ParA-like protein uses nonspecific chromosomal DNA binding to partition protein complexes.
Roberts MAJ., Wadhams GH., Hadfield KA., Tickner S., Armitage JP.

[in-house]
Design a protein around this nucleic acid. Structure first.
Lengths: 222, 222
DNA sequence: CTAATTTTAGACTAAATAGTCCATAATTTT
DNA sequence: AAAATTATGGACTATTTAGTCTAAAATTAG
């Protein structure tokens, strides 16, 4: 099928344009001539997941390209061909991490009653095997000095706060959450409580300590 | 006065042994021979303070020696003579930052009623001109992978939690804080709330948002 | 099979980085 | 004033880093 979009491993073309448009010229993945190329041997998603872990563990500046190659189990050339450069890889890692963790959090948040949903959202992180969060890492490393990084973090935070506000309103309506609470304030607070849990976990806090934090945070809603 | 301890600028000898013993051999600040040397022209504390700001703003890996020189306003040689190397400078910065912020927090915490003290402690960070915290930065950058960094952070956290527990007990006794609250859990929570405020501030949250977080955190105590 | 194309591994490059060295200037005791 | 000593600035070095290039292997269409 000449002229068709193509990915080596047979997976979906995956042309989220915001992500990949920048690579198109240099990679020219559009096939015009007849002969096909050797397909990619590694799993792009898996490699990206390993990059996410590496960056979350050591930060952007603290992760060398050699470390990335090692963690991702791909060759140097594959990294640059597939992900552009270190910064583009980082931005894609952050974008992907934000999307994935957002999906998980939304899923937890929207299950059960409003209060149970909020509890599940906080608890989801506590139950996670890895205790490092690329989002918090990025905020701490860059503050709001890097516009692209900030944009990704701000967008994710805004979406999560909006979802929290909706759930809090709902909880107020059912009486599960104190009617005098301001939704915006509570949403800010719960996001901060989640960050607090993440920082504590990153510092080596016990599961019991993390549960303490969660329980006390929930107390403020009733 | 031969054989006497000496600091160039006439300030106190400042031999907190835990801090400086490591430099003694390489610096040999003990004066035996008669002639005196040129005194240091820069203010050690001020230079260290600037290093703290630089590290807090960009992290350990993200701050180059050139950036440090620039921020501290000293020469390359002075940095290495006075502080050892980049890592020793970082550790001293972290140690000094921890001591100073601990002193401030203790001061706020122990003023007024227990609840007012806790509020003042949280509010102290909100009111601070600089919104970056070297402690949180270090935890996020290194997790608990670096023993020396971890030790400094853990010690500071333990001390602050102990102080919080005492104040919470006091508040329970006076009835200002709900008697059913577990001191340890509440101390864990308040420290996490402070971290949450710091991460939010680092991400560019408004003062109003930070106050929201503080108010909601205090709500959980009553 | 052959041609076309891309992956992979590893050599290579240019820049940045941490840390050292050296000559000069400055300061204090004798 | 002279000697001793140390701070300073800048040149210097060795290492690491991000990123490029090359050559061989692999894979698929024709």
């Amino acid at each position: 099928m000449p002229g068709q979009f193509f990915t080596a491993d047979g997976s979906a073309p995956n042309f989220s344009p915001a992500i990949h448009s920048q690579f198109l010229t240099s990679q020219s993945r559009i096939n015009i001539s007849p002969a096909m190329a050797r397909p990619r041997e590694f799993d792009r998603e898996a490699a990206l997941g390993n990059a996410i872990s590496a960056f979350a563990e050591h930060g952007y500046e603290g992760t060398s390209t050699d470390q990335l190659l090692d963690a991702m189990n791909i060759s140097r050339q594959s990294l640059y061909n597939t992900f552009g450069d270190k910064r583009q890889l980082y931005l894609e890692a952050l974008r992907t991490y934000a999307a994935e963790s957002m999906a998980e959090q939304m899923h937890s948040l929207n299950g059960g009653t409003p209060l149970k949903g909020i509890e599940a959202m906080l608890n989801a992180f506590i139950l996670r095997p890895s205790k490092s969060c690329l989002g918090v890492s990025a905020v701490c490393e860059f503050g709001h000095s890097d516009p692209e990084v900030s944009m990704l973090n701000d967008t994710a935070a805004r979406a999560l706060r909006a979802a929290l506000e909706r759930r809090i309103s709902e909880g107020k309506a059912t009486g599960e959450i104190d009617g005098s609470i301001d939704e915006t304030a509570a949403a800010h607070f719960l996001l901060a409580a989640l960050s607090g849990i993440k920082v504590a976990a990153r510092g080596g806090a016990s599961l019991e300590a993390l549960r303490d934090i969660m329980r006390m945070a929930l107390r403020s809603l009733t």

Recent data have shown that plasmid partitioning Par-like systems are used by some bacterial cells to control localization of protein complexes. Here we demonstrate that one of these homologs, PpfA, uses nonspecific chromosome binding to separate cytoplasmic clusters of chemotaxis proteins upon division. Using fluorescent microscopy and point mutations, we show dynamic chromosome binding and Walker-type ATPase activity are essential for cluster segregation. The N-terminal domain of a cytoplasmic chemoreceptor encoded next to ppfA is also required for segregation, probably functioning as a ParB analog to control PpfA ATPase activity. An orphan ParA involved in segregating protein clusters therefore uses a similar mechanism to plasmid-segregating ParA/B systems and requires a partner protein for function. Given the large number of genomes that encode orphan ParAs, this may be a common mechanism regulating segregation of proteins and protein complexes.